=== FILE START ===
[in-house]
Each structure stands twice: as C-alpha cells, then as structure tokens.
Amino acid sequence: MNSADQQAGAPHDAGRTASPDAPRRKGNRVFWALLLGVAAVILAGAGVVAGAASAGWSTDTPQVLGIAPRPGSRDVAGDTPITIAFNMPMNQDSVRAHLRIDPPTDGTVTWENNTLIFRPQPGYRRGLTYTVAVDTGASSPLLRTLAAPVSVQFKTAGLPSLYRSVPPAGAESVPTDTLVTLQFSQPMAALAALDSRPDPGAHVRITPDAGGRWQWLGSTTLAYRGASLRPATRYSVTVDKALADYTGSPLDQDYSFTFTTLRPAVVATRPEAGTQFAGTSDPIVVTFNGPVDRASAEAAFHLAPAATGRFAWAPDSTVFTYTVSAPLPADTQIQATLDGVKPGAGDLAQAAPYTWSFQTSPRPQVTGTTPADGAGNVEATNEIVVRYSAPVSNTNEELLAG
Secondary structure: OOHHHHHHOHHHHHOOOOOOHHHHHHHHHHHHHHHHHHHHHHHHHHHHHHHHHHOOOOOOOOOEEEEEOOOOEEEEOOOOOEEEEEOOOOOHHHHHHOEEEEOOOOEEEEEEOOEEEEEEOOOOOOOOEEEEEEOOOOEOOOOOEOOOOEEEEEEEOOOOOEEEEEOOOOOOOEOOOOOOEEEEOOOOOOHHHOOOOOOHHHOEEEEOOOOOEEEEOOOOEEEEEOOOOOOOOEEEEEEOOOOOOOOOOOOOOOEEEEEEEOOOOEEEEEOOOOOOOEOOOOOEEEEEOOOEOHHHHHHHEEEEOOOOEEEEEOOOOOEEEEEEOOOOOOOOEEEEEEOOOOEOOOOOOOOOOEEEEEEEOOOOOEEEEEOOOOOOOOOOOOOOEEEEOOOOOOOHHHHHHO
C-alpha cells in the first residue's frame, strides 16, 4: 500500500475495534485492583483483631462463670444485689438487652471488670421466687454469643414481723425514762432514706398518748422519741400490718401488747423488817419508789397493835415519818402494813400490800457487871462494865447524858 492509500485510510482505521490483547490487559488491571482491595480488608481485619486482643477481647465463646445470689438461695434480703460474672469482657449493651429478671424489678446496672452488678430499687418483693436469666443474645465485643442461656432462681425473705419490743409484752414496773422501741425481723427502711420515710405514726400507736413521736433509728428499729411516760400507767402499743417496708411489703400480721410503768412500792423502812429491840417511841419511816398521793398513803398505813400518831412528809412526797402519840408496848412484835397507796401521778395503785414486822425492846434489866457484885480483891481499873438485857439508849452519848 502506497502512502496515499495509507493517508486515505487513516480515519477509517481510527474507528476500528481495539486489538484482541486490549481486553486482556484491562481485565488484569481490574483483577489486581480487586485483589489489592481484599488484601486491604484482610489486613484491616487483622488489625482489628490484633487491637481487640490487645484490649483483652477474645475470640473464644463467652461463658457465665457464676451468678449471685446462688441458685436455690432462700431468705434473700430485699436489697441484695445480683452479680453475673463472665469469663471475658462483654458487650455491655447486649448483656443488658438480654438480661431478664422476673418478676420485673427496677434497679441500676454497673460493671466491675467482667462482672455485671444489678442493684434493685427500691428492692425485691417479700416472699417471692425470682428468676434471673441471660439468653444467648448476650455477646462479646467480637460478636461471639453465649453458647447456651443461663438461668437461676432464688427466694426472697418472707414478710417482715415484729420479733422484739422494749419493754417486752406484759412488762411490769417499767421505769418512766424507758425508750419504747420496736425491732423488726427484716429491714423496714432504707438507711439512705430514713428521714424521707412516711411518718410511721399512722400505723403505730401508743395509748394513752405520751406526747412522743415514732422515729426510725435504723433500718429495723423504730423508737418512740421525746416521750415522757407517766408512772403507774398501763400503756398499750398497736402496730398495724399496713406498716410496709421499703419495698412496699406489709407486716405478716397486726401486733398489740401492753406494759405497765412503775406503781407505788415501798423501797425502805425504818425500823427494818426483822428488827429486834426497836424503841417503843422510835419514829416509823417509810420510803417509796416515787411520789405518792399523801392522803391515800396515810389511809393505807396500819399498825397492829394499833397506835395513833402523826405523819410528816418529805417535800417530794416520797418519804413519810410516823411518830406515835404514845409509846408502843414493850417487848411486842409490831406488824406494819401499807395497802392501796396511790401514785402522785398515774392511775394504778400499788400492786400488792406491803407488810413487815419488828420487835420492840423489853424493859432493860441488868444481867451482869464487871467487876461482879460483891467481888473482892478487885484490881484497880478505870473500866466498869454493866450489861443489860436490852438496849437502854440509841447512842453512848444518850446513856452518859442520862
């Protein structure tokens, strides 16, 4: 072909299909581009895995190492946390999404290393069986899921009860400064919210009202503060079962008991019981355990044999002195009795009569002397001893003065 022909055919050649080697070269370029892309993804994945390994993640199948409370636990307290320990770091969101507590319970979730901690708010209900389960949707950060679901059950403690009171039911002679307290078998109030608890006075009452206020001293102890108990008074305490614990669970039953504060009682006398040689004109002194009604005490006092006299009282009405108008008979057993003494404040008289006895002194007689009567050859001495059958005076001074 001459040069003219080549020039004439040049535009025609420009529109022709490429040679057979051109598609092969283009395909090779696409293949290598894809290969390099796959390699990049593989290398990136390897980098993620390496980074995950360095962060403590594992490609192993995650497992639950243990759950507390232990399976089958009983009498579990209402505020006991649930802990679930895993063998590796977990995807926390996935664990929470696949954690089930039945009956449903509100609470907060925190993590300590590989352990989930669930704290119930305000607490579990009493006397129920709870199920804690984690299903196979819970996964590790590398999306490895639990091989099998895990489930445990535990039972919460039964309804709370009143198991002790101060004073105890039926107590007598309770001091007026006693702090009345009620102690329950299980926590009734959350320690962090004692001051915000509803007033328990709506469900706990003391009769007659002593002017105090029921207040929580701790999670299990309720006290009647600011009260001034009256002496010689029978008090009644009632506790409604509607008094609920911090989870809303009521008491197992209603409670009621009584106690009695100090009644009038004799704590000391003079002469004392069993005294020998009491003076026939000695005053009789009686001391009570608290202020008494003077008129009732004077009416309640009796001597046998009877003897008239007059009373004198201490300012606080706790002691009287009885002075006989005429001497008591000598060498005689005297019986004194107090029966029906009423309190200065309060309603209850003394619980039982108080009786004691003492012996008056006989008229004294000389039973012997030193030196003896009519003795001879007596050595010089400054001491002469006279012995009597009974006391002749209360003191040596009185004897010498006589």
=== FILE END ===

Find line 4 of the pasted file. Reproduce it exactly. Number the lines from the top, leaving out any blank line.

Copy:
Secondary structure: OOHHHHHHOHHHHHOOOOOOHHHHHHHHHHHHHHHHHHHHHHHHHHHHHHHHHHOOOOOOOOOEEEEEOOOOEEEEOOOOOEEEEEOOOOOHHHHHHOEEEEOOOOEEEEEEOOEEEEEEOOOOOOOOEEEEEEOOOOEOOOOOEOOOOEEEEEEEOOOOOEEEEEOOOOOOOEOOOOOOEEEEOOOOOOHHHOOOOOOHHHOEEEEOOOOOEEEEOOOOEEEEEOOOOOOOOEEEEEEOOOOOOOOOOOOOOOEEEEEEEOOOOEEEEEOOOOOOOEOOOOOEEEEEOOOEOHHHHHHHEEEEOOOOEEEEEOOOOOEEEEEEOOOOOOOOEEEEEEOOOOEOOOOOOOOOOEEEEEEEOOOOOEEEEEOOOOOOOOOOOOOOEEEEOOOOOOOHHHHHHO